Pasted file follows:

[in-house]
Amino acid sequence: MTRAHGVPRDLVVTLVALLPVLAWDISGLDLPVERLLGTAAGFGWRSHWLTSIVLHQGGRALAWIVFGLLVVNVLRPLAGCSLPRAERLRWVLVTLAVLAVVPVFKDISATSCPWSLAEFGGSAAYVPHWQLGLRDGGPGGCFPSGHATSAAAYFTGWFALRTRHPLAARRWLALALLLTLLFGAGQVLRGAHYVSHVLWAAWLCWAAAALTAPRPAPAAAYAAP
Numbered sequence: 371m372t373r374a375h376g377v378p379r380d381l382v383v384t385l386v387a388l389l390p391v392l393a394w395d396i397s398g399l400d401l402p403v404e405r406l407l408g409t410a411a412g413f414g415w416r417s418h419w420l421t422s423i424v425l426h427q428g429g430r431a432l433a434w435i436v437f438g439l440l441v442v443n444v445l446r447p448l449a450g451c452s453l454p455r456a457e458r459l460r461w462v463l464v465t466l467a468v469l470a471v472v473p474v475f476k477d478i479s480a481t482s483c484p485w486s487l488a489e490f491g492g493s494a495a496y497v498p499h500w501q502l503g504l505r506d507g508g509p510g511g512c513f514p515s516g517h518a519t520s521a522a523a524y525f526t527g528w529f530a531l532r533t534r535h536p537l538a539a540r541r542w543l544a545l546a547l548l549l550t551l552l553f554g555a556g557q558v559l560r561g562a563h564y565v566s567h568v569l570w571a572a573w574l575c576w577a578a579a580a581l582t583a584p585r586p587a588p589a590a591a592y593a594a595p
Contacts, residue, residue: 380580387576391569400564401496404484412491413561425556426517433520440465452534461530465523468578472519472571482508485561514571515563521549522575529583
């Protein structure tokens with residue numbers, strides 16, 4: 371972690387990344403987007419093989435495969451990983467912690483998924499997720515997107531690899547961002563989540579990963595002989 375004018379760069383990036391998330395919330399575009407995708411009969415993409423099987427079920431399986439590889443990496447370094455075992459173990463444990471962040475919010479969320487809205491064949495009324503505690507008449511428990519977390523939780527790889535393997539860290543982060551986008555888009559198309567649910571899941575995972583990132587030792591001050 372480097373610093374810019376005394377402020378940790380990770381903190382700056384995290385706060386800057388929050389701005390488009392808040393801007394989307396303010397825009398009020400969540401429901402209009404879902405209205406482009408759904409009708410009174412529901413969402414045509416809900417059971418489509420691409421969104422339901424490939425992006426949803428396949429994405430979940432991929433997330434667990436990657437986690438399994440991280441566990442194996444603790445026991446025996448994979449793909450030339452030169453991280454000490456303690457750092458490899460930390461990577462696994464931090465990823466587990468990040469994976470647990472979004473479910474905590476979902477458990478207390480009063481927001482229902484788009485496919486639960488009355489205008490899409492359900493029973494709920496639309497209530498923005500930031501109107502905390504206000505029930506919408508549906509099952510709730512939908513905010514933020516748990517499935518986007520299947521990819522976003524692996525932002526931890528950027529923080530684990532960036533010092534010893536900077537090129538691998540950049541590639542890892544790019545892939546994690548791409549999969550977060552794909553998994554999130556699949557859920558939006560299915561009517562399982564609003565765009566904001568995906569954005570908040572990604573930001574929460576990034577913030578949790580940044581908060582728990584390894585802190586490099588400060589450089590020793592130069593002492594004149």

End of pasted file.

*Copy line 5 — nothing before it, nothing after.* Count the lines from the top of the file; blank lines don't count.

């Protein structure tokens with residue numbers, strides 16, 4: 371972690387990344403987007419093989435495969451990983467912690483998924499997720515997107531690899547961002563989540579990963595002989 375004018379760069383990036391998330395919330399575009407995708411009969415993409423099987427079920431399986439590889443990496447370094455075992459173990463444990471962040475919010479969320487809205491064949495009324503505690507008449511428990519977390523939780527790889535393997539860290543982060551986008555888009559198309567649910571899941575995972583990132587030792591001050 372480097373610093374810019376005394377402020378940790380990770381903190382700056384995290385706060386800057388929050389701005390488009392808040393801007394989307396303010397825009398009020400969540401429901402209009404879902405209205406482009408759904409009708410009174412529901413969402414045509416809900417059971418489509420691409421969104422339901424490939425992006426949803428396949429994405430979940432991929433997330434667990436990657437986690438399994440991280441566990442194996444603790445026991446025996448994979449793909450030339452030169453991280454000490456303690457750092458490899460930390461990577462696994464931090465990823466587990468990040469994976470647990472979004473479910474905590476979902477458990478207390480009063481927001482229902484788009485496919486639960488009355489205008490899409492359900493029973494709920496639309497209530498923005500930031501109107502905390504206000505029930506919408508549906509099952510709730512939908513905010514933020516748990517499935518986007520299947521990819522976003524692996525932002526931890528950027529923080530684990532960036533010092534010893536900077537090129538691998540950049541590639542890892544790019545892939546994690548791409549999969550977060552794909553998994554999130556699949557859920558939006560299915561009517562399982564609003565765009566904001568995906569954005570908040572990604573930001574929460576990034577913030578949790580940044581908060582728990584390894585802190586490099588400060589450089590020793592130069593002492594004149």